On Tuesday, Shropshire Council’s Southern Planning Committee will take a view on the proposed scheme of eight homes at Linney House. The site is on the banks of the Corve and within Ludlow’s conservation area. See my previous article…
Below is my statement to the Southern Planning Committee. You may also wish to watch these two videos to view the site.
Statement to Southern Planning Committee on proposed housing for Linney House, Ludlow – 19/00826/FUL
Andy Boddington, Shropshire Councillor for Ludlow North
This has always been a challenging scheme to judge. The planning history of the site is complex, even difficult. One scheme for three homes has been approved. Another application for four homes has yet to be decided by Shropshire Council. The scheme before you for eight homes is being appealed, which is why we are discussing it today.
This is an application where committee members would have benefited from a site visit, including viewing the site from the opposite bank of the Corve. To aid the committee, I have published a drone video. Members will have received the link prior to the meeting and members of the public can view the video on my blog.
The aerial images demonstrate how this site contributes towards a near perfect edge to Ludlow as a historic town. The burgage plots of the Linney and the redundant graveyard of St Leonard’s give way to a green edge of Linney House as the landscape falls steeply away towards the Corve.
The site is full of history. It was at one time a quarry. It was also a winter quartering for a circus. Later, it was incorporated into the grounds of Linney House. Many trees were then planted in the garden. In recent years, those trees have not been managed well. There has been extensive felling, though the number of trees lost remains a matter of dispute. Nevertheless, the site remains verdant in character. It is a site that should be nurtured as part of a green corridor along the Corve from Corvedale to the Teme SSSI. We need green corridors to promote biodiversity, reduce flooding risk and address the climate emergency.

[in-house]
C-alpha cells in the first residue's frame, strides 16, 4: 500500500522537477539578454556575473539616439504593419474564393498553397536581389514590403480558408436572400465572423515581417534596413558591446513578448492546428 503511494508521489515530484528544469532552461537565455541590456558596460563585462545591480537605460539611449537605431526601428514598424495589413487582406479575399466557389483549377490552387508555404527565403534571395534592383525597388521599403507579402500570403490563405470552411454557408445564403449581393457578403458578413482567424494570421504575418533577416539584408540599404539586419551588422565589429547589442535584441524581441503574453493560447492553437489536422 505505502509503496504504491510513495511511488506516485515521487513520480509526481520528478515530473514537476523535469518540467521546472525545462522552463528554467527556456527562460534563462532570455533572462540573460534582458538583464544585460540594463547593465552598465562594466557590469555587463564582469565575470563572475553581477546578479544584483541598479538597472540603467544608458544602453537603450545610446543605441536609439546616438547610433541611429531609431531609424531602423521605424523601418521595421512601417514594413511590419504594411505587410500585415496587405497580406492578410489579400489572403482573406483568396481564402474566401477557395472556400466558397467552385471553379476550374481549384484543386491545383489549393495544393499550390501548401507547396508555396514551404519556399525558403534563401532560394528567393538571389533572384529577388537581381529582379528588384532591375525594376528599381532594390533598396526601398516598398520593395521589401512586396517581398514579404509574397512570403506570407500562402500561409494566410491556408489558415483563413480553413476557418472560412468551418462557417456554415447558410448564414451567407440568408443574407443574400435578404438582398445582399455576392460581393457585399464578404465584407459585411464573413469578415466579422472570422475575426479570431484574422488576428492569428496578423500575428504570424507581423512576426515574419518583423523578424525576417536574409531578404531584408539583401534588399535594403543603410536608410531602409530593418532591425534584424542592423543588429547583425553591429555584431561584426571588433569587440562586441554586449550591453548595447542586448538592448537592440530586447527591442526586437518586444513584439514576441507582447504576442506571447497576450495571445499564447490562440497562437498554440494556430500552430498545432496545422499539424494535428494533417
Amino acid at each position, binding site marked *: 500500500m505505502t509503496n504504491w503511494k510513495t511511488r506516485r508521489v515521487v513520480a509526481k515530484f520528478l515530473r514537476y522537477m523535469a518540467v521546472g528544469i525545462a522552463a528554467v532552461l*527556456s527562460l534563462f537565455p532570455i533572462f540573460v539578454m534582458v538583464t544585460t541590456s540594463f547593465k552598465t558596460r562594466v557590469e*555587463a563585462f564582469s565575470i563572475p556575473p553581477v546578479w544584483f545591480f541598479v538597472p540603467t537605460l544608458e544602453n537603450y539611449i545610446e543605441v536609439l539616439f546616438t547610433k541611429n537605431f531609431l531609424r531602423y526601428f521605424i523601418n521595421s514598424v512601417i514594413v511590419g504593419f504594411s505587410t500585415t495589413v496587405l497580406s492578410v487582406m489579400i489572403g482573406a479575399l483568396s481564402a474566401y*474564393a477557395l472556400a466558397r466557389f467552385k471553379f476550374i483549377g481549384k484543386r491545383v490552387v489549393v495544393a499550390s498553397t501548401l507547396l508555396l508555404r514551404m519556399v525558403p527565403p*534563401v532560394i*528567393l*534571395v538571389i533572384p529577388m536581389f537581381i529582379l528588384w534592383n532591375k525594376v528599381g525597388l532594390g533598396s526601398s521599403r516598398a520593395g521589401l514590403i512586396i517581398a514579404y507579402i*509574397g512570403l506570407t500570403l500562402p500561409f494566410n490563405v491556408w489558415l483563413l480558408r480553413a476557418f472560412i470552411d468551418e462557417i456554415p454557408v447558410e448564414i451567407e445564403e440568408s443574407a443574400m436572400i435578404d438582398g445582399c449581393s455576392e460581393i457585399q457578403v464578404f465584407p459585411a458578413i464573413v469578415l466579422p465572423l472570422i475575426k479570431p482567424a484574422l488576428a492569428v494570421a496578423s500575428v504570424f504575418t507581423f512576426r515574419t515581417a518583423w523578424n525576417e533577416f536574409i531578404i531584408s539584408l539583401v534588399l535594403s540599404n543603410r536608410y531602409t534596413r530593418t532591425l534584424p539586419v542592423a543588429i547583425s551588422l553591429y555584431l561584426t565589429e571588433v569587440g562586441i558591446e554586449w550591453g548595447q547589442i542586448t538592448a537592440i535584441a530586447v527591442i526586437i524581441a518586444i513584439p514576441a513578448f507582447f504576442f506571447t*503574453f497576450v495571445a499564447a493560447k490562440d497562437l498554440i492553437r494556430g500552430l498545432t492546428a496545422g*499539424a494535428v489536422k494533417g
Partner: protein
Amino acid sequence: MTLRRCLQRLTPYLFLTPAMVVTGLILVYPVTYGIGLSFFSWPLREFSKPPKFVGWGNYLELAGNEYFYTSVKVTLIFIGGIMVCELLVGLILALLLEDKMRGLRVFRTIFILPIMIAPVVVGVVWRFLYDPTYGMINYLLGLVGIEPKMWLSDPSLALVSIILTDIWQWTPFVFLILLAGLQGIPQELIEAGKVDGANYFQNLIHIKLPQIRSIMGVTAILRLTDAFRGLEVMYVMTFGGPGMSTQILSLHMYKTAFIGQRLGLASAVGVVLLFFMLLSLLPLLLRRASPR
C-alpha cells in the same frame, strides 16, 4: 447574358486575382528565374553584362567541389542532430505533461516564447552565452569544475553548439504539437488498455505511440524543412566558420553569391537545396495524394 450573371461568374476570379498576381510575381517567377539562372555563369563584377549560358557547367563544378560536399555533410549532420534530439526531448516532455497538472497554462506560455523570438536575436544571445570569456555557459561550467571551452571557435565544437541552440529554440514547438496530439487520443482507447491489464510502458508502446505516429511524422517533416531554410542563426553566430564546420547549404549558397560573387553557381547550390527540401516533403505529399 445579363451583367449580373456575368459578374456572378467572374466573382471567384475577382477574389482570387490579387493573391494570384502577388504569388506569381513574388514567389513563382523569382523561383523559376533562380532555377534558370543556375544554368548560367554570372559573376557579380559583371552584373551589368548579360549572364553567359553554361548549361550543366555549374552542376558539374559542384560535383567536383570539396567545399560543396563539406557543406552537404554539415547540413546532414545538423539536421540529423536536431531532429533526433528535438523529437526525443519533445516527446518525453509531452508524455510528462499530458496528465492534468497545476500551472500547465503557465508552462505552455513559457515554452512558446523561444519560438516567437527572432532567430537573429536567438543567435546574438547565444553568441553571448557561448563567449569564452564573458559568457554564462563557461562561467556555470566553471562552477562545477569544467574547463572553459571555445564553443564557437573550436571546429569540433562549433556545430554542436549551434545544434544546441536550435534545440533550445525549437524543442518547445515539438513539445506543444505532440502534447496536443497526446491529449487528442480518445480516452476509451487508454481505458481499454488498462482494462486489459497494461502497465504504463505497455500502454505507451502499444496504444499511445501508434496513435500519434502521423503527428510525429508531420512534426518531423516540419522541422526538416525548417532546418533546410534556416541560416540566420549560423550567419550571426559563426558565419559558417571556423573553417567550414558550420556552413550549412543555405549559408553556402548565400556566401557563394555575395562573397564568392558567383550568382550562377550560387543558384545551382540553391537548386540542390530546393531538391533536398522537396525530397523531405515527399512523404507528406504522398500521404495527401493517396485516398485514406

We might not be discussing this application today if Shropshire Council had been able to demonstrate a five-year land supply at the beginning of 2014. It could not do so and the presumption in favour of sustainable development kicked into play. The presumption made it difficult to turn down most housing applications. That was why the scheme of three suburban style detached homes was approved by officers.
Even the developer seems not have liked that scheme. There is no evidence that he wants to build it. To the contrary he has said it is his fallback position should permission for this scheme or the subsequent application of four homes not be approved. Work on the three home scheme has legally commenced, but only to the extent of foundations for a garage.
The scheme being considered this afternoon is in my view well designed. The contemporary Nordic Woodland style is attractive. Much better than the scheme approved in 2014. But the development it is the wrong place. It will suburbanise an area that was a leafy garden.
This site lies beyond the development boundary of Ludlow.
We do not need more housing permissions in Ludlow. We have extant planning permissions for nearly 750 homes. We can meet our SAMDev and emerging local plan quotas. Shropshire has more than an adequate land supply to meet its local plan commitments and those set out under the government’s standard method.
I commend the officers’ recommendations to the committee and hope you will support them.